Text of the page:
The BBC reported on Wednesday that the UK is likely to introduce the system used in Norway, known as 'pant'.
Environmental advisors from the British government are enthusiastic about the recycling model used in Scandinavia, including in Norway, saying that it significantly reduces plastic pollution of natural environments.
According to official statistics, 97 percent of plastic bottles in Norway are recycled, although this includes bottles thrown out with refuse that is burned and used to power heating, according to a 2016 Aftenposten report -- a less environmentally friendly practice than the reuse of the bottles returned through the pant system.
Nevertheless, British government representatives have been to Norway with a view to implementing the system, which has existed in Norway since 1992.
The model is based on a small surcharge being paid on every bottle that is bought in Norway. The surcharge, or deposit, is paid back to consumers when bottles are returned via specialised machines, which are located at most supermarkets.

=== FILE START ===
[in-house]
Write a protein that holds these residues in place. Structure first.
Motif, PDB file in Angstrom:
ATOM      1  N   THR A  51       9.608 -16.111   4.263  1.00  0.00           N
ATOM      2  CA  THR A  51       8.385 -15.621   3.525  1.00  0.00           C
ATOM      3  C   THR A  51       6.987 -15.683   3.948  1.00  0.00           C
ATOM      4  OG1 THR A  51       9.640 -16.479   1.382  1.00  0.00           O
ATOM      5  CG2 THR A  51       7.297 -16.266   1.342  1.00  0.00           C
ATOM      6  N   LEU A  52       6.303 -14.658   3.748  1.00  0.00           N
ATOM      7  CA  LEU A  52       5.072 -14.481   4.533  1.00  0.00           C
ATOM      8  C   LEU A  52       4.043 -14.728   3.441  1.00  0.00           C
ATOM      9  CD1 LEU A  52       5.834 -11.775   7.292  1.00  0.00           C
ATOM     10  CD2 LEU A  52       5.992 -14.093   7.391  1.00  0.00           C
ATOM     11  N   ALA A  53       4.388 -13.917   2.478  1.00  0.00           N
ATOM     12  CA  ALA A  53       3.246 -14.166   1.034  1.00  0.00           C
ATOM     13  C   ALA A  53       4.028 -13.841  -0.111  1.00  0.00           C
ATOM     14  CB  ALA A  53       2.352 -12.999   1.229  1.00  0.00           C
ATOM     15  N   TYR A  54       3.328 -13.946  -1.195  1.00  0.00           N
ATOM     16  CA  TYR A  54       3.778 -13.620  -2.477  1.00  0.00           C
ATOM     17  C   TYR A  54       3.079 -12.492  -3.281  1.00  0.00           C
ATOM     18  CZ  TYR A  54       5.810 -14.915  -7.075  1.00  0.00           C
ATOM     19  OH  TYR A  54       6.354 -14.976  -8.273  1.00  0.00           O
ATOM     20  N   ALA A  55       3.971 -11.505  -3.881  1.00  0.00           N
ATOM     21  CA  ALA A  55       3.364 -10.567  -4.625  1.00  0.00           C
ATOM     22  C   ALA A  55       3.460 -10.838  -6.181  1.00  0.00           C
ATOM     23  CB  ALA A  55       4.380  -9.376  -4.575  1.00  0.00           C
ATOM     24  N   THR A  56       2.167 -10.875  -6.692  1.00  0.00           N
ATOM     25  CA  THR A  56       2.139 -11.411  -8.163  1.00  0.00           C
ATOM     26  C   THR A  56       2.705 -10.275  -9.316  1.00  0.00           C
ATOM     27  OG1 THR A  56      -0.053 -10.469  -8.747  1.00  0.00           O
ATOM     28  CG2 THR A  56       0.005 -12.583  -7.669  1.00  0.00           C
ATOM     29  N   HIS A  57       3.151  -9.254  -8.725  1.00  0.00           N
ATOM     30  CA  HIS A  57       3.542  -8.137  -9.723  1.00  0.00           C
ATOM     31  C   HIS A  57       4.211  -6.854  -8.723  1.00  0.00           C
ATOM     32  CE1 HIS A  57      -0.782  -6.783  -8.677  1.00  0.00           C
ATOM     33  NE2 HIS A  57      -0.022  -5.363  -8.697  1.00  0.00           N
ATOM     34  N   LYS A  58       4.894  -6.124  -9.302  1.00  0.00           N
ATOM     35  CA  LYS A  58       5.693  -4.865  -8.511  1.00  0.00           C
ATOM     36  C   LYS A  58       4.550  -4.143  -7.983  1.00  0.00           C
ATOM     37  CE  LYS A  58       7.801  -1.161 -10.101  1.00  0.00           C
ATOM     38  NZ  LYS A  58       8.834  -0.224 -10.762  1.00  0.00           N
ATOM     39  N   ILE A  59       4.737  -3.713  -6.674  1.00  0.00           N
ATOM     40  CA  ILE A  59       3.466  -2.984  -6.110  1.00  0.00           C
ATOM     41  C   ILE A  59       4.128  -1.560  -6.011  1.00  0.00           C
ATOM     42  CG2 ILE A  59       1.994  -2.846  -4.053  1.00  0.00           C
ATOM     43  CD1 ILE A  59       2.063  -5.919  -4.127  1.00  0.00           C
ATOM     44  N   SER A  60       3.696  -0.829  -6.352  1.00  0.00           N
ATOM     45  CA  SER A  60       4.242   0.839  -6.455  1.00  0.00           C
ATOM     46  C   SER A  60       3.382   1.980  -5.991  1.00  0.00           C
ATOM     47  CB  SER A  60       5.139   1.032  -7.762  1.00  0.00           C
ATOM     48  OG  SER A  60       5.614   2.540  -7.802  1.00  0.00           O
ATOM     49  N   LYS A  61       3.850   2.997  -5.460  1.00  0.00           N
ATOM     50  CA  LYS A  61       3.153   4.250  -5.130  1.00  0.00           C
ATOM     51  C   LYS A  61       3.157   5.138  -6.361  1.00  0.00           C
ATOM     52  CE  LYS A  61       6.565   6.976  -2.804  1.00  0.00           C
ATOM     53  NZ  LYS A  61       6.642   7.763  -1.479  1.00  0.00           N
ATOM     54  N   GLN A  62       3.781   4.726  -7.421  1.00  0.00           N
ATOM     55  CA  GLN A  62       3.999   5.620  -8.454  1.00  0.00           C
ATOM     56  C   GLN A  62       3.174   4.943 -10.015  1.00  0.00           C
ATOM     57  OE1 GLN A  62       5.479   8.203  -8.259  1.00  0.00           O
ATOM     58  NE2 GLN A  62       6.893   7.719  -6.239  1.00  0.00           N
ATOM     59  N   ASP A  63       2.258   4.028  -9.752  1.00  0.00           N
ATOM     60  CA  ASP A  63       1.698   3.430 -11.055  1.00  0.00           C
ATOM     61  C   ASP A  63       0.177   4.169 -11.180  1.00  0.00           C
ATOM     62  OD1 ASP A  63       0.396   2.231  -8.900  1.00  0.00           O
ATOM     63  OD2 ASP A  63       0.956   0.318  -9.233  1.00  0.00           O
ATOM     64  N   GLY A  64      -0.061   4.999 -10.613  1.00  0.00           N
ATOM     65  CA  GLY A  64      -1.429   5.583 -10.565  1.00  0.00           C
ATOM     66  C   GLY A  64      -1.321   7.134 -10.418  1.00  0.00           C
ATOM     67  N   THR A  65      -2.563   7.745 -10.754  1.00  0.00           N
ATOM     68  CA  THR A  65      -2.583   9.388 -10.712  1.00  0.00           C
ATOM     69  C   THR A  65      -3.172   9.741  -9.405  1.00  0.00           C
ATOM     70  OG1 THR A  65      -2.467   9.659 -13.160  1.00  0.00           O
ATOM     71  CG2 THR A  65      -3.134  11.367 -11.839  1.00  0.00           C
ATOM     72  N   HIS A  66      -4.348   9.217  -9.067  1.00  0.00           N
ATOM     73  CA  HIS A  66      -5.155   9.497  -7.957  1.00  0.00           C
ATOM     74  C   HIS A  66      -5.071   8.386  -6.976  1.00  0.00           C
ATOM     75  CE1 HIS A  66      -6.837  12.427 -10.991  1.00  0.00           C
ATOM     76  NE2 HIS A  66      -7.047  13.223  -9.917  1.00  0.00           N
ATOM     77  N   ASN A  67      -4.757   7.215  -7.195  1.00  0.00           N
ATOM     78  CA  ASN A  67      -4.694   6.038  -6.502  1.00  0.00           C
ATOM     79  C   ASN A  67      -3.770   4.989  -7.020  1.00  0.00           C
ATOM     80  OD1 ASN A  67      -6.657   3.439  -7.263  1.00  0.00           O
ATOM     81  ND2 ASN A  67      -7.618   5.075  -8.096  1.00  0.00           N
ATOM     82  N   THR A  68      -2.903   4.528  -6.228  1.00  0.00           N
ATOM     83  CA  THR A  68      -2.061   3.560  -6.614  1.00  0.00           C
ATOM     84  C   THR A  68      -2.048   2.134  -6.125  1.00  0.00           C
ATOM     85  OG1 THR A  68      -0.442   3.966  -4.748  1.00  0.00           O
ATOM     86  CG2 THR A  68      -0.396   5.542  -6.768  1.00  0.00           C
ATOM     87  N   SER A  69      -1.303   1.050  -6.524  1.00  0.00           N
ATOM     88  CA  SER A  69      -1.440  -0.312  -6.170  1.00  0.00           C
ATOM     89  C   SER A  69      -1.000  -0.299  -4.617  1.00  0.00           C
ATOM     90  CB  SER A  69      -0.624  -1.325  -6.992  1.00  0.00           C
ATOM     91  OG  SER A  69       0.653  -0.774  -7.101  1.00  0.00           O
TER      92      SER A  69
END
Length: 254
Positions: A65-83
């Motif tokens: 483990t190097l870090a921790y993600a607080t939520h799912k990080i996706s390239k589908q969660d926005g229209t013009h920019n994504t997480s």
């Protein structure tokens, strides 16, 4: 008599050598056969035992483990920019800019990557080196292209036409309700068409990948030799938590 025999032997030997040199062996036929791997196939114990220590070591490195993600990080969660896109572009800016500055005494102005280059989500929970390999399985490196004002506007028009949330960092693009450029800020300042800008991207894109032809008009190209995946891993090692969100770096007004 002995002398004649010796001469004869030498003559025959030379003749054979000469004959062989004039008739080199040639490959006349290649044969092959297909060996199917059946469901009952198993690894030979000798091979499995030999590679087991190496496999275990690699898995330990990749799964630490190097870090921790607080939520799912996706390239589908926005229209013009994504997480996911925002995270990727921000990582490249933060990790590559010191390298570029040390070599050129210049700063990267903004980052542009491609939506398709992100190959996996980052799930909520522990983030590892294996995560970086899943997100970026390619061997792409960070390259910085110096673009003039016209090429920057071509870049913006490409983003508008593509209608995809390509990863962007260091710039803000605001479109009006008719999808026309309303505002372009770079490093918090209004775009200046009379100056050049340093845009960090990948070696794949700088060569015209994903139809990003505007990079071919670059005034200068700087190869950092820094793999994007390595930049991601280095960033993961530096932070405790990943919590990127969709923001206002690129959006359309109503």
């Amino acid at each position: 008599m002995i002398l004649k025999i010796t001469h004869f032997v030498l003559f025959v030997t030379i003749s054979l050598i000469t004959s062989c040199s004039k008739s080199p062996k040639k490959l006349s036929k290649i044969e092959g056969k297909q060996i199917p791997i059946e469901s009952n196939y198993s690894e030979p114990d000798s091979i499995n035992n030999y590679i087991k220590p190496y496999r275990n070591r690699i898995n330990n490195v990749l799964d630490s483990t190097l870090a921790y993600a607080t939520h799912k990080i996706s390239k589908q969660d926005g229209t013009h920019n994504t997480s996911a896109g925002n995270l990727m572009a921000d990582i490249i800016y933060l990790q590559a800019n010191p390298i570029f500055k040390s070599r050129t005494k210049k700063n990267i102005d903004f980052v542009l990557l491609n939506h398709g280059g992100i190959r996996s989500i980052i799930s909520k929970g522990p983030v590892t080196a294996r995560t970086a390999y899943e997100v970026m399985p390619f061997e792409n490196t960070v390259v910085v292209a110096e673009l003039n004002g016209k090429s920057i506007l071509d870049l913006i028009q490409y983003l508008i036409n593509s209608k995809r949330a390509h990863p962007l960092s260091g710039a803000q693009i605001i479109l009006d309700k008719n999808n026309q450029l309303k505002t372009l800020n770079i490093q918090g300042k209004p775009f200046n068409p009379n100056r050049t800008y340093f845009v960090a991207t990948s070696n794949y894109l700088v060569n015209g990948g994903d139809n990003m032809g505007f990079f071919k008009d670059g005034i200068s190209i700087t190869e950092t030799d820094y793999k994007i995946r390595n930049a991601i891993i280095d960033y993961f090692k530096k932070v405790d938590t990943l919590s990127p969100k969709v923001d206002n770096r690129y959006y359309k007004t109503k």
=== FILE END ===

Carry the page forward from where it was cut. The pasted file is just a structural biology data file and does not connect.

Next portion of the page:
The same system is already used in neighbouring Sweden and Denmark, along with Germany and a number of US and Canadian states.
Kjell Olav Maldum, chief executive of Infinitum, which operates system in Norway, told the BBC the he believed the model was optimal.
"There are other recycling schemes, but we believe ours is the most cost-efficient," Maldum told BBC News.
"We think it could be copied in the UK - or anywhere.
"Our principle is that if drinks firms can get bottles to shops to sell their products, they can also collect those same bottles," Maldum added.